Wednesday, March 01, 2006

Sobering up

I visited Praise Tabernacle last Sunday, around the corner from where I live. I couldn't stay for the preaching because I had to go with a friend to a lunch at an AME church in Granada Hills, but I got something out of the song service.

The first song praised the Mighty God (Isaiah 9:6) for His power and holiness, and I got to thinking. As G. K. Chesterton wrote, people don't eat people because they don't know it's wrong; they do it because they DO know it's wrong. We soothe our feeling of helplessness and make ourselves feel strong by doing evil and enjoying our power to get away with it. Thus powerless Palestinians blow up kids in a pizza parlor, Israeli snipers pick off little kids for fun, and American soldiers enjoy breaking bottles on the heads of people in the street - all of these finding relief for their frustration through doing evil acts. Doing evil because we can, we prove to ourselves and others that we're powerful.

Of course all these deeds worsen our case and weaken us in reality. Israelis are not softened by exploding pizza parlors, Palestinians and others are not inclined to honor an army that condones the cold-blooded murderers of little girls, and those bottles do not inspire those they hit to think of ways to ease the lives of those who throw them.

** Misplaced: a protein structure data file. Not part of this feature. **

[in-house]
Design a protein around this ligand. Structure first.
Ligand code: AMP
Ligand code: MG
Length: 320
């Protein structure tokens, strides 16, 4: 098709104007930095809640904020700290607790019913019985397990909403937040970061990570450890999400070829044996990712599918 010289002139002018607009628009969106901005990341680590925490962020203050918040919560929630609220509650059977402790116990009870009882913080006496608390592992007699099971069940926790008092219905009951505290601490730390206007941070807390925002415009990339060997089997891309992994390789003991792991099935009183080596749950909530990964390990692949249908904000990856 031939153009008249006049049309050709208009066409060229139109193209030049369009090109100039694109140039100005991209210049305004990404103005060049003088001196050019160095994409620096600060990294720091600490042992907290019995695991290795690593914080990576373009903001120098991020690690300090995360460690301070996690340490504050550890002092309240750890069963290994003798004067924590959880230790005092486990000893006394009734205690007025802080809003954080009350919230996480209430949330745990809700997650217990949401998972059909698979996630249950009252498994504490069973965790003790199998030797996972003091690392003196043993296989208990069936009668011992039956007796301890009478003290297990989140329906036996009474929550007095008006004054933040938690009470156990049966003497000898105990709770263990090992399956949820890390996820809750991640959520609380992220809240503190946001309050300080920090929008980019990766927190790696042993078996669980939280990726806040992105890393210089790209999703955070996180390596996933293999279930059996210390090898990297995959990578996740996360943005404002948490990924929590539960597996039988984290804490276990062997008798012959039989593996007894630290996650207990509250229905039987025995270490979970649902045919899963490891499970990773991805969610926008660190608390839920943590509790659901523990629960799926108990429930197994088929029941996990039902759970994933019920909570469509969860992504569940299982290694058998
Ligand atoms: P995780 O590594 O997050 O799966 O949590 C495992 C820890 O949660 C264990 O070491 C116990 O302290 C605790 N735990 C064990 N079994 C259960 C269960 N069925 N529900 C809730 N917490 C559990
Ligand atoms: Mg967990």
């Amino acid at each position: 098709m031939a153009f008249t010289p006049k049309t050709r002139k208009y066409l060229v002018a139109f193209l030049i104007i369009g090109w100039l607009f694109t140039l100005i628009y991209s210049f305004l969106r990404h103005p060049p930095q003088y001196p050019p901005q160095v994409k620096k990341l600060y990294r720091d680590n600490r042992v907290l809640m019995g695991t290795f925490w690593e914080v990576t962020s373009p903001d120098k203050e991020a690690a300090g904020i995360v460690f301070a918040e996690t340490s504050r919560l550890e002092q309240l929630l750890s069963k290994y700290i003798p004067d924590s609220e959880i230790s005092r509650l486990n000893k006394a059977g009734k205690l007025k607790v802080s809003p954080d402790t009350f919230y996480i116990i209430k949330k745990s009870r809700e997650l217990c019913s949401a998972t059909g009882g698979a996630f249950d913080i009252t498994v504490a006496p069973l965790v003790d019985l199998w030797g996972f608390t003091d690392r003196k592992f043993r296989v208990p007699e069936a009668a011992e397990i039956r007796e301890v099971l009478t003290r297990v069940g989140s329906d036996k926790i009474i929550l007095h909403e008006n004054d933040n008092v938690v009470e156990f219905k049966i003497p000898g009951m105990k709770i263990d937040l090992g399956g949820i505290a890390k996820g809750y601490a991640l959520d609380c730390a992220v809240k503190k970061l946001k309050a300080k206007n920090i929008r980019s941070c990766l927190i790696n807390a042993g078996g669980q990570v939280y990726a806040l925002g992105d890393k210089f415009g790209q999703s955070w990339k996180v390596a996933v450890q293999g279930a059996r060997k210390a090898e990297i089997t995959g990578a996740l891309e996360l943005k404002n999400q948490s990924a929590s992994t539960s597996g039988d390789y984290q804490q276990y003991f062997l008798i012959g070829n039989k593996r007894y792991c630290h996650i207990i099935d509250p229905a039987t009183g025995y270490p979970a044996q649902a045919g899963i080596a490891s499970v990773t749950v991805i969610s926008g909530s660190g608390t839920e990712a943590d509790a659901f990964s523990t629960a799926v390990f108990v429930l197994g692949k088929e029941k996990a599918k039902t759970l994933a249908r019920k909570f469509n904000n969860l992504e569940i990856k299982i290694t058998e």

God isn't thrilled like us by having the power to do evil. God is thrilled by having the power NOT to do evil. He is pleased to exercise the power to let people slap His other cheek. God gets a kick out of being able to be powerless and win anyway. He is mighty, as they were singing, in power and in holiness. He knows that his weakness is stronger than men (1 Corinthians 1:22-31).

His promise is that we can learn to see it His way, to have in us the mind that was in Jesus, and therefore to become like him. We're actually called by Him into that same divine nature, and that's what makes us truly human. The proverb says that it is sport to a fool to do evil, but so is wisdom to a man of understanding - and we can acquire from Him that understanding and learn to live that way (James 1:5-6).

It was good for me to see how much I've soothed my powerlessness in life by exercising my power to get away with malicious acts to prove to myself that I have power after all. It's drug addiction. It's not a pretty sight, but the snare is laid in vain in the sight of any bird, so I'm glad to see that snare in my soul. When I do evil, I always turn out to be my own target. To stop hurting myself feels all right.

1 Comments:

Anonymous Ron Smith said...

Thank you Peter for your post on Nathans site. It helped me alot.

3/09/2006 8:40 PM  

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